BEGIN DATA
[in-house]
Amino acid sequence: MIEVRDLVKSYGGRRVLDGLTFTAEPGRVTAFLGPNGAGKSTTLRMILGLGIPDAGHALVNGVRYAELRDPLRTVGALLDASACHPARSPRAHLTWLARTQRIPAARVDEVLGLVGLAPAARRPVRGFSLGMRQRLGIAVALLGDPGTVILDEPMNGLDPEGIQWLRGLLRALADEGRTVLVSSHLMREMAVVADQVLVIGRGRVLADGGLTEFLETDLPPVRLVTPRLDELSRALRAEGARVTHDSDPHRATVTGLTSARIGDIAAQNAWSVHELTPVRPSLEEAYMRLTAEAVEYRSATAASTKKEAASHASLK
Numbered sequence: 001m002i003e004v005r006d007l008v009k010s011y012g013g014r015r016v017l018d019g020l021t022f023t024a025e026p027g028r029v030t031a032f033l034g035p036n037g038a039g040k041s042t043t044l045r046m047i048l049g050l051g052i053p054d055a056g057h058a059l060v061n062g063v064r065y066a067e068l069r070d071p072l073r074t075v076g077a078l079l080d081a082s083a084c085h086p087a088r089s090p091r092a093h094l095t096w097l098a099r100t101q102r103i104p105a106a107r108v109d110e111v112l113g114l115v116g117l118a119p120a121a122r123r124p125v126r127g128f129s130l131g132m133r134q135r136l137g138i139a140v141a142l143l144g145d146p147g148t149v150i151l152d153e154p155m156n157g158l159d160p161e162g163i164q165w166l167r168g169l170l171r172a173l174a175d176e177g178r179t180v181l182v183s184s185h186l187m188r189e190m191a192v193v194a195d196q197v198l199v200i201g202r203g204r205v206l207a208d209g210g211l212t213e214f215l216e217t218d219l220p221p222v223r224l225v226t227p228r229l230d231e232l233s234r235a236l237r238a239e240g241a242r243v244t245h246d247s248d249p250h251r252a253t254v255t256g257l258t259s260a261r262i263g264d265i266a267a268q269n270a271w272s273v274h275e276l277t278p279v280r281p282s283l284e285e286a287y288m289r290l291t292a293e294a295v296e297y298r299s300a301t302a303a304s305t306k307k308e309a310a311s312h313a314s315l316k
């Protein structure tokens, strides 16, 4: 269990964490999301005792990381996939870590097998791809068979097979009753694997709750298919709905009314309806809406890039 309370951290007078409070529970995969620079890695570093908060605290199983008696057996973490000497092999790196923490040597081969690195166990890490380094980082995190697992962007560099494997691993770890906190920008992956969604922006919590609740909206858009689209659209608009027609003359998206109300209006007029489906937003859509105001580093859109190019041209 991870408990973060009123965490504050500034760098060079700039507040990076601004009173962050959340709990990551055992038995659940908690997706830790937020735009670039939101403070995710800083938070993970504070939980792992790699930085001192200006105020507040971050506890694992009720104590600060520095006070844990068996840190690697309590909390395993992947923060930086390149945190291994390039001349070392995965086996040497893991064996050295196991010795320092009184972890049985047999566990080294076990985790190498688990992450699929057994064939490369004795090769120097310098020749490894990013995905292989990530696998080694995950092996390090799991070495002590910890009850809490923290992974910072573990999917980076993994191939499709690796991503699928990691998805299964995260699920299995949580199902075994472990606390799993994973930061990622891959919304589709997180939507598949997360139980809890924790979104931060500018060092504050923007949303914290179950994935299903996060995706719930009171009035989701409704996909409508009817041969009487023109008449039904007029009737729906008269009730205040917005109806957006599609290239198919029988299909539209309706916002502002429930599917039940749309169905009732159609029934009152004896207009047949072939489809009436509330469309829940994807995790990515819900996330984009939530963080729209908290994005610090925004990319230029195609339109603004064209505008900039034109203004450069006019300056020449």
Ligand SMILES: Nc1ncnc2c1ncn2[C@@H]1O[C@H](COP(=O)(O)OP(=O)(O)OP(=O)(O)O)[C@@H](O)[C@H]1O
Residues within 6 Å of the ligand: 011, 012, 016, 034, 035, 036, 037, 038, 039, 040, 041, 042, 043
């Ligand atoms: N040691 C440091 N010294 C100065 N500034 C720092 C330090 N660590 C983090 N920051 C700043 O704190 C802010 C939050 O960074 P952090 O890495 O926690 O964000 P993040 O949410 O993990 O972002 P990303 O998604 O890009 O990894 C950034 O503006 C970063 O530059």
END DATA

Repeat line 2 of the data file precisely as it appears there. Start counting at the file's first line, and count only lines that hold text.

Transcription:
Amino acid sequence: MIEVRDLVKSYGGRRVLDGLTFTAEPGRVTAFLGPNGAGKSTTLRMILGLGIPDAGHALVNGVRYAELRDPLRTVGALLDASACHPARSPRAHLTWLARTQRIPAARVDEVLGLVGLAPAARRPVRGFSLGMRQRLGIAVALLGDPGTVILDEPMNGLDPEGIQWLRGLLRALADEGRTVLVSSHLMREMAVVADQVLVIGRGRVLADGGLTEFLETDLPPVRLVTPRLDELSRALRAEGARVTHDSDPHRATVTGLTSARIGDIAAQNAWSVHELTPVRPSLEEAYMRLTAEAVEYRSATAASTKKEAASHASLK